With the summit of Loaf Mountain now under our belts, we set off on an enjoyable hike over to the summit of Spionkop Ridge which lay 3.5km to the south. This is the view from the western slopes of Loaf Mountain along the connecting ridge to Spionkop Ridge (distant left).
Nature’s version of grafitti.
Looking back to the false summit of Loaf Mountain from the west.
Traversing the the connecting ridge was an enjoyable experience.
A view of the moon-scape valley between Loaf Mountain and the high point on the connecting ridge.
Jeff makes his way along the ridge to Spionkop. The summit of Loaf Mountain is in the background.
Looking ahead to Spionkop and the scrambling that awaits. The slopes are quite steep and some route finding is required.
Looking down the Spionkop valley. This is simply one of the most amazing mountain views that I have ever seen. I wish I could have fully captured the grandeur of it with my camera.
Looking up the slopes of Spionkop. The scrambling is not difficult but a bit of route finding is required.
Looking into the valley. It was just that amazing. The summit of Drywood Mountain can be seen in the distance on the left.
The summit of Spionkop finally comes into view. Newman Peak and Avion Ridge in Waterton National Park are just to the right of centre and not too far away.
Jeff comes onto the summit block. Loaf Mountain is in the background on the right.
The view to the west. In the foreground is Sage Mountain.
And yet another view of the Spionkop valley. The sun actually started to shine after a day that began with snow and rain. The summit of Spread Eagle Mountain is on the far right.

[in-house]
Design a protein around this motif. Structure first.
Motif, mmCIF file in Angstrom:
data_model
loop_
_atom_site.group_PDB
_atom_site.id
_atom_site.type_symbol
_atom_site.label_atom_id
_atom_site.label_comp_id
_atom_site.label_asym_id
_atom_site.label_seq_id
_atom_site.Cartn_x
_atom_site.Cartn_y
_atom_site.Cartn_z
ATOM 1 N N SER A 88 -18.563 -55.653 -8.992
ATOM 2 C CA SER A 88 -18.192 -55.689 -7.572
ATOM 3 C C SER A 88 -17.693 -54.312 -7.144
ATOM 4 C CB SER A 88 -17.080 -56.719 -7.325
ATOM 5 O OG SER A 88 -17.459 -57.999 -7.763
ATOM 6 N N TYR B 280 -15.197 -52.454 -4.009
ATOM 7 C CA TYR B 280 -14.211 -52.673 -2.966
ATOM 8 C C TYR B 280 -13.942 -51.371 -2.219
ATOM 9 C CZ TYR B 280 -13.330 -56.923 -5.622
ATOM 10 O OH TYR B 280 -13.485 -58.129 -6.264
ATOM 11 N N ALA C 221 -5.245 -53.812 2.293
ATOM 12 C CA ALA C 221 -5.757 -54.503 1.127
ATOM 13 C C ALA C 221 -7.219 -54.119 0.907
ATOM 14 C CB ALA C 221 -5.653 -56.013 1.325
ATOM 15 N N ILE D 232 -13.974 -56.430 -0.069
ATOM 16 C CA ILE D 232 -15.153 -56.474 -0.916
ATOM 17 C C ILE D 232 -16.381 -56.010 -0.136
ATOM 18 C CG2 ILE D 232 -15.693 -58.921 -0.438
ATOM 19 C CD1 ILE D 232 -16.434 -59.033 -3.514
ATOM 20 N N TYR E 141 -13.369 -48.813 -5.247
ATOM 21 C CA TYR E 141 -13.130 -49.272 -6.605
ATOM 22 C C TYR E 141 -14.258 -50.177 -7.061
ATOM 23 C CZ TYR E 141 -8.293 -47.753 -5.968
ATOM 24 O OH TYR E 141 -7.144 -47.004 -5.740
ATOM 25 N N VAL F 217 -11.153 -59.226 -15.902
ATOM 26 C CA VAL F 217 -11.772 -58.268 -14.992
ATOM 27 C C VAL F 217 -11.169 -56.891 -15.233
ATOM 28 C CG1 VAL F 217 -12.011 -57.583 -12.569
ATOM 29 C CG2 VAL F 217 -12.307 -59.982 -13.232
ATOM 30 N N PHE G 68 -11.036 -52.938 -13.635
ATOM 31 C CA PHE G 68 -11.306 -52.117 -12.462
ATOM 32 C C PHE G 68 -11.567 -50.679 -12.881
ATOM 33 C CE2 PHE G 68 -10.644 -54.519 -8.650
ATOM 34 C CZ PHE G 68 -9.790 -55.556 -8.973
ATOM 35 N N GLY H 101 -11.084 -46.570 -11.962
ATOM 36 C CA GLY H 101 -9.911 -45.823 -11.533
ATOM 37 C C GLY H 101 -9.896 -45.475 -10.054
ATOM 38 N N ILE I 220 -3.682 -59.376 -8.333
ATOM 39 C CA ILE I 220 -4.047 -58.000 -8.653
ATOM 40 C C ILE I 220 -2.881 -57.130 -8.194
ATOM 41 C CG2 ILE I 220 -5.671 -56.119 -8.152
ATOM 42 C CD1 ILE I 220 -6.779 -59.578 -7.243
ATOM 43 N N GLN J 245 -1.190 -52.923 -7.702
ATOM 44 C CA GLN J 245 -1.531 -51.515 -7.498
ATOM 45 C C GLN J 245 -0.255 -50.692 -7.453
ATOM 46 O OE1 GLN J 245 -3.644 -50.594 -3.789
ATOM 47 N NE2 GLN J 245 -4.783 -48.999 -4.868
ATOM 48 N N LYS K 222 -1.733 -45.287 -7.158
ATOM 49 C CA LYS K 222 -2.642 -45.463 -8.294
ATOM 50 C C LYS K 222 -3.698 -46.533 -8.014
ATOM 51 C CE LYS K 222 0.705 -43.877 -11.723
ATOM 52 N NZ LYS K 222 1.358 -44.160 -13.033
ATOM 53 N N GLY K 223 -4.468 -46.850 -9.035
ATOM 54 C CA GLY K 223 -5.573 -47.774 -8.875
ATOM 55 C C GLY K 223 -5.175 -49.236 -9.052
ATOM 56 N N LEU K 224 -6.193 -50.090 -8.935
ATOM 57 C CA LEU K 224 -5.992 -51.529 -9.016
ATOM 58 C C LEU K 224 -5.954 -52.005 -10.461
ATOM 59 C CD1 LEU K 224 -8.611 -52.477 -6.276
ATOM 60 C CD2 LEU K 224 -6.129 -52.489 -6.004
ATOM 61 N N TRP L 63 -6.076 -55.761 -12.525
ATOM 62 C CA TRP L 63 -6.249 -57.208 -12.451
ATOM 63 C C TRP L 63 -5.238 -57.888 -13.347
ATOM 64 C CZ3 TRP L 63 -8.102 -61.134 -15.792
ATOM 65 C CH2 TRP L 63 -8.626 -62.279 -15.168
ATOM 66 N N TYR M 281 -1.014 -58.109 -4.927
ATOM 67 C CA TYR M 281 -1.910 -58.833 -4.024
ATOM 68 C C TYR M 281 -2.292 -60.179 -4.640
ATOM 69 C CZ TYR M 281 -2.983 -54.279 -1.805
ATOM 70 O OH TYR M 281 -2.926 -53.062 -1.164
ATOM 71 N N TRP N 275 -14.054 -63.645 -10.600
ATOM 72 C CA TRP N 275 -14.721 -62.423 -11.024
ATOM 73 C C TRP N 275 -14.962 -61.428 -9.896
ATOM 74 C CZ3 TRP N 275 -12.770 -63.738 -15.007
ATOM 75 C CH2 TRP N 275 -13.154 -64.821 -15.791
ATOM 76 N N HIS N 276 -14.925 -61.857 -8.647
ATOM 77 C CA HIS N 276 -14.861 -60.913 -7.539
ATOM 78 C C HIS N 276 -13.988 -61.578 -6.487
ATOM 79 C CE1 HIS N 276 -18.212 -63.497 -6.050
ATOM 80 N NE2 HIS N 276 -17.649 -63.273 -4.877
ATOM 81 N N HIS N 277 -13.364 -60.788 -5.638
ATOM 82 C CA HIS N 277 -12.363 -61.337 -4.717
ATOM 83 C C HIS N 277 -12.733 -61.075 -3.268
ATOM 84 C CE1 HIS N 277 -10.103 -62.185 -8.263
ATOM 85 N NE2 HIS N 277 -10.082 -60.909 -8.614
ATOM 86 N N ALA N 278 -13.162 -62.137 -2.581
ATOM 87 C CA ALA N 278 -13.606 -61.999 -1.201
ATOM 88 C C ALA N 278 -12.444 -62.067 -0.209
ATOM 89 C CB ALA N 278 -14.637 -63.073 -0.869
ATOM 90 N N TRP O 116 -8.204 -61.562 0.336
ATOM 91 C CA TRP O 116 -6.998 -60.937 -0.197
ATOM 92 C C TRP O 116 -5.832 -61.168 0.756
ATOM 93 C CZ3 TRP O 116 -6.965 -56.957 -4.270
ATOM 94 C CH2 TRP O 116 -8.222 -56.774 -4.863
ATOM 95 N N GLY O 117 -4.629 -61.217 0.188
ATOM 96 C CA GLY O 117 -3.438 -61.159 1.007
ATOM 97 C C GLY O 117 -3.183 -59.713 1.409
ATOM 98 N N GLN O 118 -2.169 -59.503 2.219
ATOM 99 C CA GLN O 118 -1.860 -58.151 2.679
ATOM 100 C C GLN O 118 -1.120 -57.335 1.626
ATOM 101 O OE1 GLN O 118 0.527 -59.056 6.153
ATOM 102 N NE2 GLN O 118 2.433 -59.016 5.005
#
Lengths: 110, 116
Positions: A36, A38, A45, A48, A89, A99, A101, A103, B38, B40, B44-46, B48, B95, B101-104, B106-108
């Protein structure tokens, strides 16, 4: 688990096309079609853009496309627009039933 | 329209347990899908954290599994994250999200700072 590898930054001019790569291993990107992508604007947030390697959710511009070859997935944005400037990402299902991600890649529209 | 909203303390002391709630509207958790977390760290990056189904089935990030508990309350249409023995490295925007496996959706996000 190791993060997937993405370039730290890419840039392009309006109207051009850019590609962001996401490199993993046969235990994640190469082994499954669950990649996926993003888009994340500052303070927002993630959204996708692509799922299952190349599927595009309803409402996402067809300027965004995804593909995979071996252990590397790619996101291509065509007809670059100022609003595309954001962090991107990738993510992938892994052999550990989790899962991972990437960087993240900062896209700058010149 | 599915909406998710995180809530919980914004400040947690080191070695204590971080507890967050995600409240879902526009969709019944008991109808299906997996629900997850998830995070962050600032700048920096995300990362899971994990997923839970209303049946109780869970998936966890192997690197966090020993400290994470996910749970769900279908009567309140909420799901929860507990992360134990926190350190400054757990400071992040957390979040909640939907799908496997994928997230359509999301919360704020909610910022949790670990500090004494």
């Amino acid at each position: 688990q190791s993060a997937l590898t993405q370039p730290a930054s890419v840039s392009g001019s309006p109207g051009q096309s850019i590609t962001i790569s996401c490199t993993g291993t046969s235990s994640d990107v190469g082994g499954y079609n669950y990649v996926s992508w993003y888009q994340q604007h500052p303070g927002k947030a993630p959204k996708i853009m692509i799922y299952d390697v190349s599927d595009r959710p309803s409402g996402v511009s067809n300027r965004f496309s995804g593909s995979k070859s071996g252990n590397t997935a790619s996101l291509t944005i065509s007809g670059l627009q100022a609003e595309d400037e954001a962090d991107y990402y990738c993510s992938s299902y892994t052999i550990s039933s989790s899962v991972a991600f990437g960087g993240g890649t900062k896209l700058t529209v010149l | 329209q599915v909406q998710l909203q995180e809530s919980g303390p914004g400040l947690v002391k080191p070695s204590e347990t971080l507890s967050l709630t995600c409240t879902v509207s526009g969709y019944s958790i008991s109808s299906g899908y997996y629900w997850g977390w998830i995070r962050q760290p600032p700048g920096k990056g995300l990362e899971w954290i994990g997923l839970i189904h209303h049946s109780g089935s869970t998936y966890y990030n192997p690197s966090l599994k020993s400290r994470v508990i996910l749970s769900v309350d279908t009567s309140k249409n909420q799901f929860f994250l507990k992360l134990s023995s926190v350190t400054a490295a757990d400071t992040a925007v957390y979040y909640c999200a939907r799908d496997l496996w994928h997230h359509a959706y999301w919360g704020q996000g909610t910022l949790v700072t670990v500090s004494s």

Looking southeast from the summit of Spionkop.
The view to the south west.
The view south from the summit. It would be an easy hike to Newman Peak and Avion Ridge from Spionkop.
And another view of the Spionkop valley….
There are some unique circular patterns on the ridge between Spionkop and Newman Peak.
Looking down Spionkop Ridge toward Spread Eagle Mountain (Mount Roche). It looks like you could hike this as well.
Jeff becomes contemplative on the summit….
…while I do some one-handed pushups. 😉
My GPS reading on the summit of Spionkop.
One last view.
Jeff scrambles down Spionkop’s slopes.
The view below us and to the west as we make our way off of Spionkop.
Looking back toward Spionkop from the connecting ridge.
We sidesloped Loaf Mountain to reach the col above Bovin Lake.
The col above Bovin Lake and Loaf Mountain. We would follow this valley back to our vehicle.
Looking down the valley toward Drywood Mountain.
Following the trail as the evening sun highlights the western slopes of Drywood Mountain.
Our ascent drainage and the slopes of Loaf Mountain are on the right. We didn’t see a bear all day until the last 1.5 km. A large black bear was on the trail but took off as soon as he heard/saw/smelled us coming. Yelling ‘Oiler’s Suck’ is my favorite bear deterrent though after almost 22km of hiking, I’m sure he smelled us long before he heard us.
A Venus Tree Catcher…
Looking back from the road. The summit of Loaf Mountain is in the distance on the right and Spionkop Ridge is on the far left. The eastern section of Loaf is in the middle. Sumitting these two peaks was a day well spent.